If a retail business makes a mistake on a contract and it’s in the favor of the customer, does the business have to abide by the contract?

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If a retail business makes a mistake on a contract and it’s in the favor of the customer, does the business have to abide by the contract?

Is it legally binding?

Asked on October 27, 2015 under Business Law, Virginia

Answers:

SJZ, Member, New York Bar / FreeAdvice Contributing Attorney

Answered 6 years ago | Contributor

It depends on the nature of the mistake. If somone agrees to a deal that, on reflection, is unfavorable, he is held to it as long as all the terms were clear and internally consistent. So say a business agrees to sell a refrigerator for $2,000 when their break even on it is really $2,200--they are held to it, because while they made a bad choice, it was still their choice, and the law does not protect people from making bad choices.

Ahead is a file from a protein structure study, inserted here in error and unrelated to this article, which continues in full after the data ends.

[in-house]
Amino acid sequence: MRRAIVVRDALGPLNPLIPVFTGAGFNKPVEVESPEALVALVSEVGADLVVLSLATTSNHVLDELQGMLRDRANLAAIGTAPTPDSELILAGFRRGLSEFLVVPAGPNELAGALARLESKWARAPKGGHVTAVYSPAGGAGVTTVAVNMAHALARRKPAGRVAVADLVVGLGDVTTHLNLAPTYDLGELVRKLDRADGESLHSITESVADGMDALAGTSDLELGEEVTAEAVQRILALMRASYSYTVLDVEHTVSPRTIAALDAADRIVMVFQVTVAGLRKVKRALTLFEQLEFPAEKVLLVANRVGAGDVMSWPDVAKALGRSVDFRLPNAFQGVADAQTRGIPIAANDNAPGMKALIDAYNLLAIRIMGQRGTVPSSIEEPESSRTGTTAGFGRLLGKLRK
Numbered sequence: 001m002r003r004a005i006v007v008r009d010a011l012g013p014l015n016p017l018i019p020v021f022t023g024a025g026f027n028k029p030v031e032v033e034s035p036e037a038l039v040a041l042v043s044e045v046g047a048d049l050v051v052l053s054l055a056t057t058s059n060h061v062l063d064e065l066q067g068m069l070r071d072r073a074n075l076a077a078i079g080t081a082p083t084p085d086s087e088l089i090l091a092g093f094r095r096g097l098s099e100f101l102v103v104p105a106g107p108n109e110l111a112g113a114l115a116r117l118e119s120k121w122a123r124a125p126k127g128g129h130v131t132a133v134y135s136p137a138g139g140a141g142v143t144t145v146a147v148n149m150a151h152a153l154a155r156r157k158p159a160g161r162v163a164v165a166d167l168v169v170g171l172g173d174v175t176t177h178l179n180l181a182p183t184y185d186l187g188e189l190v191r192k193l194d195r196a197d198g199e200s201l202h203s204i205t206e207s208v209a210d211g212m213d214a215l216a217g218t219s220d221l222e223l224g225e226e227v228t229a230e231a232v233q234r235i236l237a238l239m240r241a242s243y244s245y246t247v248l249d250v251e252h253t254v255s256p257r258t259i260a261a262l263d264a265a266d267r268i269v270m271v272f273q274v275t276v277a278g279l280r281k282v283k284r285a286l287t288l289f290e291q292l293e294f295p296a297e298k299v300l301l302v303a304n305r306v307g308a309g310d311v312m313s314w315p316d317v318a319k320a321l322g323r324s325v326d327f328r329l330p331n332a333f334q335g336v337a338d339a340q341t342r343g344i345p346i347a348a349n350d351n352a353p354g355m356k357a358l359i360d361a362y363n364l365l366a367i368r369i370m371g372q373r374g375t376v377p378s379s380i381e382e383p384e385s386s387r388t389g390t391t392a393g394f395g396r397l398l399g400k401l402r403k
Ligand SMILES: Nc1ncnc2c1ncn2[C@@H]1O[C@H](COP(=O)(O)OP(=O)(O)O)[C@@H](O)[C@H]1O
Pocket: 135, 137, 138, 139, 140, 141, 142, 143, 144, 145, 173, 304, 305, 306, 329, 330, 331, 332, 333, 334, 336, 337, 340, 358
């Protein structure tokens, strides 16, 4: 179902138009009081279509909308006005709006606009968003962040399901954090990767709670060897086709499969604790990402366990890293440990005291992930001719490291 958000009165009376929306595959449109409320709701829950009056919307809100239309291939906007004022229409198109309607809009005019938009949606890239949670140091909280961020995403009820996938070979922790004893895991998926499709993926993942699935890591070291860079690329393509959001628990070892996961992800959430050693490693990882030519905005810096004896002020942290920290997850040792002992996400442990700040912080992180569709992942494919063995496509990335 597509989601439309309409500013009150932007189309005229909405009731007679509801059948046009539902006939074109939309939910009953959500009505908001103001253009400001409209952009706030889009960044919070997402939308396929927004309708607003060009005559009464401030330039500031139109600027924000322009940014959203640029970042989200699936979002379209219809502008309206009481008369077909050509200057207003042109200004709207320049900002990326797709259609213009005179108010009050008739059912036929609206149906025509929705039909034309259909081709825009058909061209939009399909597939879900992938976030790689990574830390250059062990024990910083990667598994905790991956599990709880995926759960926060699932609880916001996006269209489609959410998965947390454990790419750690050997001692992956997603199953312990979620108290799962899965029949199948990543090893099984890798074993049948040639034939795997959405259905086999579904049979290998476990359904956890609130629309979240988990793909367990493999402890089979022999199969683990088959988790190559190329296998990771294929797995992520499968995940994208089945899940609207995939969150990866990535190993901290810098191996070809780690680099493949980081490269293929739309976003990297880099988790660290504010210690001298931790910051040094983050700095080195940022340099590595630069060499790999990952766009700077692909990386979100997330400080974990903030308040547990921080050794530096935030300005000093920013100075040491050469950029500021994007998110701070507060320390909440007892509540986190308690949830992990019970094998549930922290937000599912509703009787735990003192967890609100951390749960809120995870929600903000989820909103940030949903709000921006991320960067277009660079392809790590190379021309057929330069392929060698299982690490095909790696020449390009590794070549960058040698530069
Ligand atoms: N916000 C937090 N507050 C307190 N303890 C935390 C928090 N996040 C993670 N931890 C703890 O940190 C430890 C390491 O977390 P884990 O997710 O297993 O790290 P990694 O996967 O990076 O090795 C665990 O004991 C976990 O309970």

However, the law also does not enforce obvious typos; rather, it enforces what the intention of the contract was. So if from the rest of the contract, it is clear that a line that said "amount paid so far" should have read "amount unpaid so far" and there was just a typo (the prefix "un" dropped out), the court will enforce that contract as if it had been written correctly.


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